…But, the beer on the bus is my top priority. The bus’s height is 3.8 meters, which is double the height of regular buses. The great view from the top deck made the beer even better.
This is not tap water; it is shiikuwaasaa (local citrus) juice
The next destination was Okinawa Tokusan Hanbai Yonaazu (an organization that features local staples). This surprising tap is popular with kids who are delighted to see the yellow fluid come out instead of water. Shiikuwaasaa is reputed to be great for health and beauty. After drinking beer, the sour juice is refreshing.
An old style Okinawan house
As we were enjoying the view of sugarcane fields from the window, we arrived at the last stop, Kyan. The area is not so popular with tourists, but it is for certain people because local artist “Kariyushi 58” filmed their promotion video in the area. The Okinawan house features the Ichibanza Room located to the right of the entrance followed by the Nibanza Room and Sanbanza Room. Local guide Takemitsu Moya, showed us around.
Making poh-poh crepe experience
It is not easy to make the thin Okinawan crepes!
We arrived at Mr. Moya’s house, which is old but very beautiful. We had an opportunity to make the traditional Okinawan snack called “poh-poh” here. You roll the thin crepe and eat it with or without sugar. They are also enjoyed in certain areas served with pork fat and miso. We tried them with brown sugar.
Great Okinawan food in an old Okinawan house.
After making poh-poh, we had traditional Okinawan food. Today’s selection was ninjin shirishiri (stir-fried carrots), naaberaa (Chinese okra) with miso, deep-fried gurukun (the fish we obtained at the bidding block) with sheekuwaasaa (local citrus) dressing. Gurukun meat is nice and firm and you can even eat the bones! Local ingredients are used in all of the dishes.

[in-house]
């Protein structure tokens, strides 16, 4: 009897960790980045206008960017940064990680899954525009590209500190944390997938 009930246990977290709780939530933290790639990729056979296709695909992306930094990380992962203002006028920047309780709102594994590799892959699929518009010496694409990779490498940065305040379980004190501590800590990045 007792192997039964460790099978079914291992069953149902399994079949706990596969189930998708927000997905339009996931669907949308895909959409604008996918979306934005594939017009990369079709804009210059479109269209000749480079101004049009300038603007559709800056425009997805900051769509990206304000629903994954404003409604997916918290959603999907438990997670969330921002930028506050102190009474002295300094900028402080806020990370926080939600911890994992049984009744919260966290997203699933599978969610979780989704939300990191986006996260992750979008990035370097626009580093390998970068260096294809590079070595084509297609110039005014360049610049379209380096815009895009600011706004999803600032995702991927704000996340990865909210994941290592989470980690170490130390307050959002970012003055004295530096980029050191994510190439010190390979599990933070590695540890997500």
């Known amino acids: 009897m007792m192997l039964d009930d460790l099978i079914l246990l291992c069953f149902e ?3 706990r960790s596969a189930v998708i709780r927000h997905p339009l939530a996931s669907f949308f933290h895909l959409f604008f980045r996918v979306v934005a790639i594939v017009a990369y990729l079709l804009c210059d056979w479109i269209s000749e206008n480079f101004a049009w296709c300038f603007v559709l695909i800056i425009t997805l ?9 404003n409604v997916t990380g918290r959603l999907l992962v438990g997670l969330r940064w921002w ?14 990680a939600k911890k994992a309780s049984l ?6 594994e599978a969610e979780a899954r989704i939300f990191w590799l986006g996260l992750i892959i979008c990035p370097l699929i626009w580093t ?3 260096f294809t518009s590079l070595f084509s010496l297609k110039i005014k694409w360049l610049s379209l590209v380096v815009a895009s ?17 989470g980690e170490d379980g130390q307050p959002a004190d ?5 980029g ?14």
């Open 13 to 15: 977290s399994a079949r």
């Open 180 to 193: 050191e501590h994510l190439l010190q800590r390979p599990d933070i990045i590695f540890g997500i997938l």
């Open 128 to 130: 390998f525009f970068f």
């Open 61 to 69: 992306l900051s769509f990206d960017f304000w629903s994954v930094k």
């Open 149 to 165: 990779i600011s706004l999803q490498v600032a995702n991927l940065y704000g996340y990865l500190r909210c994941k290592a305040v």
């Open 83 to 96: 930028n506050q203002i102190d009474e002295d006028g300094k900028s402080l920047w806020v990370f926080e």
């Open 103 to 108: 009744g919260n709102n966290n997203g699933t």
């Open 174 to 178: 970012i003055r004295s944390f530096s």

Warm freshly made tofu.
The tofu is from Tokumon Tofuya in Kyan area. This is the only tofu shop in the area and is very popular with locals and tourists for its flavor. The secret is pi (π) water that contains more oxygen and makes tofu sweeter. We had the tofu with bonito flakes and salt.
Very rich ice cream cone with mango sauce from Iriomote Island.
I am stuffed! We enjoyed chatting with Moya after the meal before returning to the bus—where dessert was waiting. The ice cream is from Yokoi Farm in Nashiro, Itoman City. We had ours with mango sauce. It seems I had room for dessert after all.
Happy smiles after good eats
With the sun directly above us and the tour about to end, the cool dessert was perfect!
I enjoyed going on the Okinawa Morning Course this time around. The Picnic Course is also available until the end of February—and includes a trip to Fukujuen (Chinese style garden), beaches, and sweets tastings.
Photo: Okinawa CLIP photo writer: Sachiko
Writer: Okinawa CLIP editorial staff: Minami Shinzato
The Okinawa Morning Course includes a trip to the fish auction and a fresh fish breakfast
Fee: 12,000 yen (tax included) per adult
*Tour requires a minimum of 10 participants
Official Website: http://travel.willer.co.jp/restaurantbus/